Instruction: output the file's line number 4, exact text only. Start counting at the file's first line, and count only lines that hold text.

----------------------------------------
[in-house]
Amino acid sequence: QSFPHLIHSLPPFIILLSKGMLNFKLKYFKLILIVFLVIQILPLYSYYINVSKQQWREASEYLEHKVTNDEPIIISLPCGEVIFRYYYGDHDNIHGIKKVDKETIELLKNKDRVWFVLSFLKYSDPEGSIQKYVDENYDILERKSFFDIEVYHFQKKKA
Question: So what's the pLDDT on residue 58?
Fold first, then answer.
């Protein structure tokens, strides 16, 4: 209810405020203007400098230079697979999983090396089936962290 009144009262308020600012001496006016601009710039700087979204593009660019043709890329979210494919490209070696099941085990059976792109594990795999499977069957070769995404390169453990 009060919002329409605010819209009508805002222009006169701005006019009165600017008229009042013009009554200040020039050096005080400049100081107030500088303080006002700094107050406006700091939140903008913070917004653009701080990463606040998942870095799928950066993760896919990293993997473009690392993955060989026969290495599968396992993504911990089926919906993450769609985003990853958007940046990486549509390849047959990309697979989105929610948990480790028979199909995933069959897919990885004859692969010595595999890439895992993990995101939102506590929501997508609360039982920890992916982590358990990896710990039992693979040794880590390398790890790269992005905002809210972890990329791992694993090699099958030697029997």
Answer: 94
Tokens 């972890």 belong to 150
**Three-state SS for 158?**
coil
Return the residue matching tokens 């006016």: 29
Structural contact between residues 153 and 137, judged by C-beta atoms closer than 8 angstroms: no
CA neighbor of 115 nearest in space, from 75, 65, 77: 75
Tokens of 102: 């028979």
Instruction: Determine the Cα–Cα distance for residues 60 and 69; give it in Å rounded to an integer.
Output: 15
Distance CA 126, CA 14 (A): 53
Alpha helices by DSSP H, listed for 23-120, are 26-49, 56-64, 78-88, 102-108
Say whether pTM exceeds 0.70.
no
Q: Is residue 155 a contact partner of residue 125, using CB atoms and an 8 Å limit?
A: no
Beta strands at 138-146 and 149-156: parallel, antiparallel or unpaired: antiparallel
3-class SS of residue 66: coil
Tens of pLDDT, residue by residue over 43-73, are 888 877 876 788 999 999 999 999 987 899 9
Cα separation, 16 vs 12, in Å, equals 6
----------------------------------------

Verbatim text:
Fold first, then answer.